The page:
The combined resources provided by the preliminary Sea Urchin Genome Project are included on this site. The individual resources listed below are useful for gene discovery approaches, expressed sequence tag analysis and most importantly, studies of gene regulation in the sea urchin.
BAC Table can be accessed here BAC Table
Please read following post to learn about our BACs resource and experimental methods
Annotation of BAC Sequences with Sea Urchin Gene AnnotatoR (SUGAR, no longer available)
BACs, BAC-ends and Gene Number
A virtual map of the genome was constructed by sequencing the ends of 76,020 BAC recombinants (average length 125kb). The BAC-end sequence tag connectors (STCs) occur an average of 10kb apart. They can be used to assemble contigs surrounding any gene of interest. Using Blast matches to sequences from Bac-ends and complete BACs, confirmations from cDNA sequences we estimate that the sea urchin genome contains a total of 22+/-5X103 genes.
Since the first sea urchin genomic sequencing project was undertaken, a number of collections of the repeat sequences in the purple sea urchin have been collected. A survey of the 76,000 BAC ends for repeat sequences is described here.
We maintain a suite of cDNA libraries from embryonic stages, larval stages and adult tissues of the reference species, Strongylocentrotus purpuratus. A few cDNA libraries from other species are also available (see Table) These libraries are stored in 384-well plates permitting easy replication and re-spotting as needed. The libraries are spotted onto filters for screening. Library filters are available to members of the research community. (How to order). These libraries have been used as the basis for EST sequencing as part of the original genome sequencing project reported in Science. Several other smaller EST projects have also been completed (for example: Zhu, X., Mahairas, G., Cameron, R. A., Davidson, E. H. and Ettensohn, C. A. Large-scale analysis of mRNAs expressed by primary mesenchyme cells of the sea urchin embryo. Development 128, 2615-2627, 2001). The clones sequenced in these projects are accessioned into Genbank and SpBase with the plate and well locations attached. Thus one can use sequence search programs to find the clones and then request them from our Resource. In other words "cloning by computer" is enabled here.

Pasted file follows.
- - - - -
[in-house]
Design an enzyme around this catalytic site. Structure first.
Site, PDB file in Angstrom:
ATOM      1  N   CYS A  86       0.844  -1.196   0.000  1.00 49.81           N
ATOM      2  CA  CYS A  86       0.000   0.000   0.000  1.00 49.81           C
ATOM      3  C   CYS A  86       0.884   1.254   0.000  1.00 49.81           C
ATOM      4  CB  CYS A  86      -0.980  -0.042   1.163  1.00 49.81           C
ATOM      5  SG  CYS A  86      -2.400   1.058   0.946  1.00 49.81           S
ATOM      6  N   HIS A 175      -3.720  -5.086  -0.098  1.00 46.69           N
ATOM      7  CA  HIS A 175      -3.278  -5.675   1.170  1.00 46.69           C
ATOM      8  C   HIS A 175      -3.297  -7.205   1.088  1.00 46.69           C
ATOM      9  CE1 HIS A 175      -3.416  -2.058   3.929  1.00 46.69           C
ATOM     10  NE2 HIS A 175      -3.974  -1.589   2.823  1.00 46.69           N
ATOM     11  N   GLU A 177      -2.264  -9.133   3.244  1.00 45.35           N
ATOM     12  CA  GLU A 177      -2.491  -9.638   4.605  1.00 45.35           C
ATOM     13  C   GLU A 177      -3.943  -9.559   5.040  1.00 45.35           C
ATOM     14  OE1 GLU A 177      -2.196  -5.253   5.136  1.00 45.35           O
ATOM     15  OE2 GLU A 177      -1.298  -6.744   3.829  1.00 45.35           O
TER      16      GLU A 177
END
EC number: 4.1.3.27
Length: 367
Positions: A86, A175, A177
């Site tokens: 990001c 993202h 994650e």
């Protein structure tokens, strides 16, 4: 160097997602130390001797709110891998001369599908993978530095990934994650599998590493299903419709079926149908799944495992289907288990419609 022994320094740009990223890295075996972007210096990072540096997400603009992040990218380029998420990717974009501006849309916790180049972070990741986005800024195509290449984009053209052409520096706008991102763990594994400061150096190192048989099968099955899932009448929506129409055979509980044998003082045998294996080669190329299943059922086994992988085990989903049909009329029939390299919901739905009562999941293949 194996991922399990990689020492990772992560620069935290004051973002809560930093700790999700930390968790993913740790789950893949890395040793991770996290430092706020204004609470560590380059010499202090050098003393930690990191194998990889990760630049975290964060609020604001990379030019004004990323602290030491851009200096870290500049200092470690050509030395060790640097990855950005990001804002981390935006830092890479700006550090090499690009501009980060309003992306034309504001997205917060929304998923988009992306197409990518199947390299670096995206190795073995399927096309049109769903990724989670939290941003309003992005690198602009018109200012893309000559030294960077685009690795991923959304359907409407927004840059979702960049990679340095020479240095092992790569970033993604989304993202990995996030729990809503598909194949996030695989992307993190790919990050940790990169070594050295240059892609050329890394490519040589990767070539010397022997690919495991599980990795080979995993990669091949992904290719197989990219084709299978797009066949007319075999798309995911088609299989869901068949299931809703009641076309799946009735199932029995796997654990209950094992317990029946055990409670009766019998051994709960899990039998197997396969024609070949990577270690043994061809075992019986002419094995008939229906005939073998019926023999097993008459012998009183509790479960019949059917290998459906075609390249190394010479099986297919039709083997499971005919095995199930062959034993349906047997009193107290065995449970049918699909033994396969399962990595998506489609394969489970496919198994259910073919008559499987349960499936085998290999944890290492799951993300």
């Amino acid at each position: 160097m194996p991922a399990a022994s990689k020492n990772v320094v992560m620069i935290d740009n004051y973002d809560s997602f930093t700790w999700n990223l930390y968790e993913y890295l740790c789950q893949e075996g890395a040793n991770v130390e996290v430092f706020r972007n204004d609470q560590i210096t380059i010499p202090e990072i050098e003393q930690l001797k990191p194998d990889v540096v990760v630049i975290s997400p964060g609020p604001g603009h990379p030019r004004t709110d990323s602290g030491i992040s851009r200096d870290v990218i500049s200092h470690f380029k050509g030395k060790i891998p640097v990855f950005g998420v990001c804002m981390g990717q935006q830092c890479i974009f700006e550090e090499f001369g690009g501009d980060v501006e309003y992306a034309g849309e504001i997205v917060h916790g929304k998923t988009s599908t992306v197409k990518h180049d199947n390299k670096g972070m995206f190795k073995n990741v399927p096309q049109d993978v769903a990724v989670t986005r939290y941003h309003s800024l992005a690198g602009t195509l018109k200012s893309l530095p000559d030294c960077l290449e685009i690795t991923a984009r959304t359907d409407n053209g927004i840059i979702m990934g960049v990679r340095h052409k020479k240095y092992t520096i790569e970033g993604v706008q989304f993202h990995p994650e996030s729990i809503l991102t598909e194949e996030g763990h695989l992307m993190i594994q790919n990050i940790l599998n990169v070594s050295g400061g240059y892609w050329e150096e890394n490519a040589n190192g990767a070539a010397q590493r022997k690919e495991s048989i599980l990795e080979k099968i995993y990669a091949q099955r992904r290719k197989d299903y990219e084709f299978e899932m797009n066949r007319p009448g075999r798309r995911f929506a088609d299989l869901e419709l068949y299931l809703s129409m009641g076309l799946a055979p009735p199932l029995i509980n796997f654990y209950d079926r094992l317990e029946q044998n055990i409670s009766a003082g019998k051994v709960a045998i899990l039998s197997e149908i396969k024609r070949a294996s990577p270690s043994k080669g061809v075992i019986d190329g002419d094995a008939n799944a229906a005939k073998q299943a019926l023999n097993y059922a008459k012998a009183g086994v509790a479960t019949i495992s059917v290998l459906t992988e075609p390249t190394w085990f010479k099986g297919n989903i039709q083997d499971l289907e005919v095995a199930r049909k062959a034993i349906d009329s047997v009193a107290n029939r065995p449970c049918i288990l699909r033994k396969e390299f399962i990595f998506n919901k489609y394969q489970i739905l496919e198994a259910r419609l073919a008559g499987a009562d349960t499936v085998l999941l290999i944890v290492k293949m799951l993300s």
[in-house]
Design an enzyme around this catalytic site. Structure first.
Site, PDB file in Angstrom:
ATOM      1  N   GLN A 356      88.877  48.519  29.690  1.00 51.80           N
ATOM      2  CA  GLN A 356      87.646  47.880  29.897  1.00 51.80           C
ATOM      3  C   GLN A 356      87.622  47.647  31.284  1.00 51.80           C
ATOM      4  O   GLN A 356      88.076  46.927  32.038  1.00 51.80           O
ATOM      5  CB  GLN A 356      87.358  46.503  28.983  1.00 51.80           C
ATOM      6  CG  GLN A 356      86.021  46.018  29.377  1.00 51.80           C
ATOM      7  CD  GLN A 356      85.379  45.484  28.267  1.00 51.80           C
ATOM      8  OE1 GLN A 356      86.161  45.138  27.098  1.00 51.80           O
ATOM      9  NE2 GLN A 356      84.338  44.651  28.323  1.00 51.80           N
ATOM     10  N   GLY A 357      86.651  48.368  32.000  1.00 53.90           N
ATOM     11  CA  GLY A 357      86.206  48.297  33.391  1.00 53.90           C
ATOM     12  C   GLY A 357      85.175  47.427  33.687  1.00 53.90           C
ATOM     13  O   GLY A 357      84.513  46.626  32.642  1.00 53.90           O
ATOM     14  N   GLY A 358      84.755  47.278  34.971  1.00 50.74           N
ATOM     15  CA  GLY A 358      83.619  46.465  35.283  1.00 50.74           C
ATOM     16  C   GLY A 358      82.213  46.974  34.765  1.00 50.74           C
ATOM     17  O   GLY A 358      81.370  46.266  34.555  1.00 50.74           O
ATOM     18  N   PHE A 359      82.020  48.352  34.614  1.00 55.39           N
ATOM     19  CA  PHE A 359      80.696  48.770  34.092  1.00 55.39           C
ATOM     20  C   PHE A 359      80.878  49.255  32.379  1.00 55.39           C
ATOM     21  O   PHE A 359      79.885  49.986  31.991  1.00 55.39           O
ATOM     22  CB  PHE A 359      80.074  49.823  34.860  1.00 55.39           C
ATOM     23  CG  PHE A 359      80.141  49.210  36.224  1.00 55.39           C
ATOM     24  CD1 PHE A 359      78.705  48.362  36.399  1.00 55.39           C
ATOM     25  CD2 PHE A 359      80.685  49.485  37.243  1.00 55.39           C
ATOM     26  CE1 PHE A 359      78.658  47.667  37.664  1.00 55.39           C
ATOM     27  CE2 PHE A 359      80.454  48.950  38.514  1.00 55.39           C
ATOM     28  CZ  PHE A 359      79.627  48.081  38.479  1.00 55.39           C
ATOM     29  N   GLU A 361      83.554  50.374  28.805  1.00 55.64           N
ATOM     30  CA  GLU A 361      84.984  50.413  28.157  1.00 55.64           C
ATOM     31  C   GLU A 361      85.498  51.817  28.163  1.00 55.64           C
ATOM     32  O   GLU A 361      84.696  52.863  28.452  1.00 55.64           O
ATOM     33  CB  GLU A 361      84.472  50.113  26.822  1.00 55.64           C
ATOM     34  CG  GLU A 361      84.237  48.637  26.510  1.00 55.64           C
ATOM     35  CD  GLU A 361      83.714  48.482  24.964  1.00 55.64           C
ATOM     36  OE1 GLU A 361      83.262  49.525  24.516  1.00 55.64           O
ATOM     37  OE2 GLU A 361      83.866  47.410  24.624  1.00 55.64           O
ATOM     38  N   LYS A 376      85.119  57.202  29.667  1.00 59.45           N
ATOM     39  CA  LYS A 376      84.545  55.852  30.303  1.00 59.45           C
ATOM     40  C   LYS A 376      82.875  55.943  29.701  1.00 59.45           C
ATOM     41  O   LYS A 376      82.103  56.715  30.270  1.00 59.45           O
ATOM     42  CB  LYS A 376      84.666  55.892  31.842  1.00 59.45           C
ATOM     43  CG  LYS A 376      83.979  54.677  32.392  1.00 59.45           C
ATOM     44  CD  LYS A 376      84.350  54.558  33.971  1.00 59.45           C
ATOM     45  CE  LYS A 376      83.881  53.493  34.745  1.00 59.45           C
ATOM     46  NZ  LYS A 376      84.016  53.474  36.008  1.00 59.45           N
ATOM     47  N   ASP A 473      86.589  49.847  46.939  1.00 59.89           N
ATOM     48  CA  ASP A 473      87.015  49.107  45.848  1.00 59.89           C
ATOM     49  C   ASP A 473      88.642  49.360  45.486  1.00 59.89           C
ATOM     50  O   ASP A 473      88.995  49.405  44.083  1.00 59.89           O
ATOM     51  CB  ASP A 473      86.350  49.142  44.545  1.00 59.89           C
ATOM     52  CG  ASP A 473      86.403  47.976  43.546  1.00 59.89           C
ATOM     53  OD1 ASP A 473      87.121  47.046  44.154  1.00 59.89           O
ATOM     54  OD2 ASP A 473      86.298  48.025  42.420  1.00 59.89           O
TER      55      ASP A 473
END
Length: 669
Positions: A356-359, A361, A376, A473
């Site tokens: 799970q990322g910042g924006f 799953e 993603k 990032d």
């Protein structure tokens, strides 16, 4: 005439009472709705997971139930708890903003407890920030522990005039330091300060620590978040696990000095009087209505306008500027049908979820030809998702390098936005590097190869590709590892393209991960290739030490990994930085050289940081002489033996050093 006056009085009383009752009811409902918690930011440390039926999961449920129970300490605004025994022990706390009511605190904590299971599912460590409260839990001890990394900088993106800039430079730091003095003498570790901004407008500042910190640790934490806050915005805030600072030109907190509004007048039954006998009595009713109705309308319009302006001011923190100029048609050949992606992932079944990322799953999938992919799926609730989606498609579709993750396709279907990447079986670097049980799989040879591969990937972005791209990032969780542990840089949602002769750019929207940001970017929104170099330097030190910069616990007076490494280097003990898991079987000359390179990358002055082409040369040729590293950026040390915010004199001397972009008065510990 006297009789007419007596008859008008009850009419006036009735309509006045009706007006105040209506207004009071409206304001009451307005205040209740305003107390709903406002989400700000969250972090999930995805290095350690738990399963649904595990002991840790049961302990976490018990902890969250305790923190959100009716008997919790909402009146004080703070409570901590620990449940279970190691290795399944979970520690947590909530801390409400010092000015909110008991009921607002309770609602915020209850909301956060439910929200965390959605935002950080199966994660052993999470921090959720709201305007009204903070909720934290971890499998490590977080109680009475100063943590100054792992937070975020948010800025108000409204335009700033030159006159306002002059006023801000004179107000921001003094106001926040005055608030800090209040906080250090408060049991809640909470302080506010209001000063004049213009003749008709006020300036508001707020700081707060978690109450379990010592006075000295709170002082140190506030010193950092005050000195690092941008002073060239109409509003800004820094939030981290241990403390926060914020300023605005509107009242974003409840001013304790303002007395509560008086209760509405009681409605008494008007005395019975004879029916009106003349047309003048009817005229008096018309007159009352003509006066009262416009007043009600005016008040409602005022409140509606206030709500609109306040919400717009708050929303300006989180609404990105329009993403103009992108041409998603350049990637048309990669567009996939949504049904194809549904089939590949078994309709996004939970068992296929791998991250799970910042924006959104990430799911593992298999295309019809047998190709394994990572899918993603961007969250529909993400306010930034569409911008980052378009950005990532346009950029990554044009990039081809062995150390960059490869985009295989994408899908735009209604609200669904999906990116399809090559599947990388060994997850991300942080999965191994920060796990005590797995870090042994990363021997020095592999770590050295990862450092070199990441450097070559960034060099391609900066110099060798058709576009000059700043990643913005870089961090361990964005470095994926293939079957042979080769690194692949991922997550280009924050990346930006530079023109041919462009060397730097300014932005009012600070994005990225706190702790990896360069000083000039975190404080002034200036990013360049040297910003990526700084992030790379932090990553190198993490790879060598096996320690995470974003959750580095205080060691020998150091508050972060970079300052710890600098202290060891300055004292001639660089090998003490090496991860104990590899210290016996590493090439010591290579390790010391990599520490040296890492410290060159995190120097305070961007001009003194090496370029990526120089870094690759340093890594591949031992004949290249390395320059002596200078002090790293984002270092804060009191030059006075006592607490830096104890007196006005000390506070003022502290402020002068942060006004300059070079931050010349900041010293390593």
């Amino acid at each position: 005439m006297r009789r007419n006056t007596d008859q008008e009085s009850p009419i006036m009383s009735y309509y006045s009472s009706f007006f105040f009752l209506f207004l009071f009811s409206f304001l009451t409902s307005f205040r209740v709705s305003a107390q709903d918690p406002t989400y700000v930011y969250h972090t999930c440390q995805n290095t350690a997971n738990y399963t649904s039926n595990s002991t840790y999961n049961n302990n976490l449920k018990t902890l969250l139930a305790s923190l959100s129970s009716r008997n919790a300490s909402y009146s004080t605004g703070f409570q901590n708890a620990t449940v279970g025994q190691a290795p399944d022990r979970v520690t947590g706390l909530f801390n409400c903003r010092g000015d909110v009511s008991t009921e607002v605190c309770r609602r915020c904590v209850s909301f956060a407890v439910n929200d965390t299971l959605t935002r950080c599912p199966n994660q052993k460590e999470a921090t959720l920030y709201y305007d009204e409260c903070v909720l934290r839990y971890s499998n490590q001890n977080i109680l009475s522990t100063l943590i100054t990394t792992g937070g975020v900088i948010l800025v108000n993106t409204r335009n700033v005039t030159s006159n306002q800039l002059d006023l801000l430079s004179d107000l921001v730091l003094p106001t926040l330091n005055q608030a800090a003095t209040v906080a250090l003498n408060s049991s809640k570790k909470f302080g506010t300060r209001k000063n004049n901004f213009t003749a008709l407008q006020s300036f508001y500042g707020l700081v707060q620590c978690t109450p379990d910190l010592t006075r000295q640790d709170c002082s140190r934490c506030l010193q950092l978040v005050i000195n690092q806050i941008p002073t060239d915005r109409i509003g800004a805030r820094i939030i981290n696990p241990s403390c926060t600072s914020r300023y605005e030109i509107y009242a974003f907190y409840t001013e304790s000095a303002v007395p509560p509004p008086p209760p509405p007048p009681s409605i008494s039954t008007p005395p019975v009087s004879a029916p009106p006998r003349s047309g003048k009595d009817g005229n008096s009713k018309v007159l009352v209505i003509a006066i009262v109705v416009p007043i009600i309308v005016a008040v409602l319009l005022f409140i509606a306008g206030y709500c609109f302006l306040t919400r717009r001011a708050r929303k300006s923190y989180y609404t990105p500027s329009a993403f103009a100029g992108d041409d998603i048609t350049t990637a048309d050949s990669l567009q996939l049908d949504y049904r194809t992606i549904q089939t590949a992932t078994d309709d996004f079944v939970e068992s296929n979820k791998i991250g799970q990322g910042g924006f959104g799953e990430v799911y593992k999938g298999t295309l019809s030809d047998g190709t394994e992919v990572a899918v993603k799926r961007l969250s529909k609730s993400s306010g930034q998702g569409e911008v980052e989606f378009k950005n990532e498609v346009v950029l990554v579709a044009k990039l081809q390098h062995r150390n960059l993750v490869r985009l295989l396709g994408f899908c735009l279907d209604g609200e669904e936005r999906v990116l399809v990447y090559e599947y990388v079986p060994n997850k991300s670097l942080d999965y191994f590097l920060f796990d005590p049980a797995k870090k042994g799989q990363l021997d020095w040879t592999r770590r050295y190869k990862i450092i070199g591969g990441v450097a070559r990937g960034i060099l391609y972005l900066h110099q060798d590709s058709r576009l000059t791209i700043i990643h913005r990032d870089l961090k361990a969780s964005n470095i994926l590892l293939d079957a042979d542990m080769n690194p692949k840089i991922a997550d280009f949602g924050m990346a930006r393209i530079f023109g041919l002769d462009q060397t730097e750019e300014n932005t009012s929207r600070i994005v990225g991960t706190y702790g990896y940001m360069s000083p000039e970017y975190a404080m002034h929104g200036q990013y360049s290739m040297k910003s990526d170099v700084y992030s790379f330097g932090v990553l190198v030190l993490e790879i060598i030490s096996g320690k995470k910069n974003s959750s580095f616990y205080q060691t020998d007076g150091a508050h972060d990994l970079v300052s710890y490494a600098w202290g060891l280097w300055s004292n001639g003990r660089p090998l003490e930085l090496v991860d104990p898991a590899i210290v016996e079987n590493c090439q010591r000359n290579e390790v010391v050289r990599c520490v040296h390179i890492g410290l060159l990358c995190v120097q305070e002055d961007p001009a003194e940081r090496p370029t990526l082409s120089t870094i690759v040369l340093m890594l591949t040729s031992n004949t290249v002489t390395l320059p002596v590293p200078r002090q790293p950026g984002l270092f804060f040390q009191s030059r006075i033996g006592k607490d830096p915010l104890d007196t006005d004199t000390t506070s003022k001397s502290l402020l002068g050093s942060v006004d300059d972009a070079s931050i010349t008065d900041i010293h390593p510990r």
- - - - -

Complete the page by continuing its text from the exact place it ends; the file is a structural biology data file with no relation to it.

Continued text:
Genomic sequence segments are maintained in bacterial artificial chromosome (BAC) libraries. We currently have libraries for seven species of lower deuterostomes in our resource (see Table)The vector used is pBACe3.6 which originates from Children's Hospital Oakland Research Institute in Oakland, California, USA. This vector has chloramphenicol antibiotic resistance and is fully described in an article by Frengen and colleages. The vector sequence is available here. The average insert size for our BAC libraries is about 140 Kb thus 1X coverage of the 800 Megabase genome of S. purpuratus is on average 5700 clones. Our libraries are at least 100,000 clones providing about 17X genome coverage.
Approximately 13,000 cDNA sequences were obtained from the primary mesenchyme cell library. These sequences comprise 7,400 unique sequences when all of the overlaps are assembled. When these are searched against the BAC-end sequences, 1087 unique matches occur. Thus, the sequence matches between the BAC-ends, the ESTs, and the published data bases all give results commensurate with the conclusion that the collection of sequences we have obtained are of a quality suitable for gene discovery investigations in the sea urchin embryo. (Cameron et al., Proc. Natl. Acad. Sci. USA, Vol. 97, Issue 17, 9514-9518, August 15, 2000 )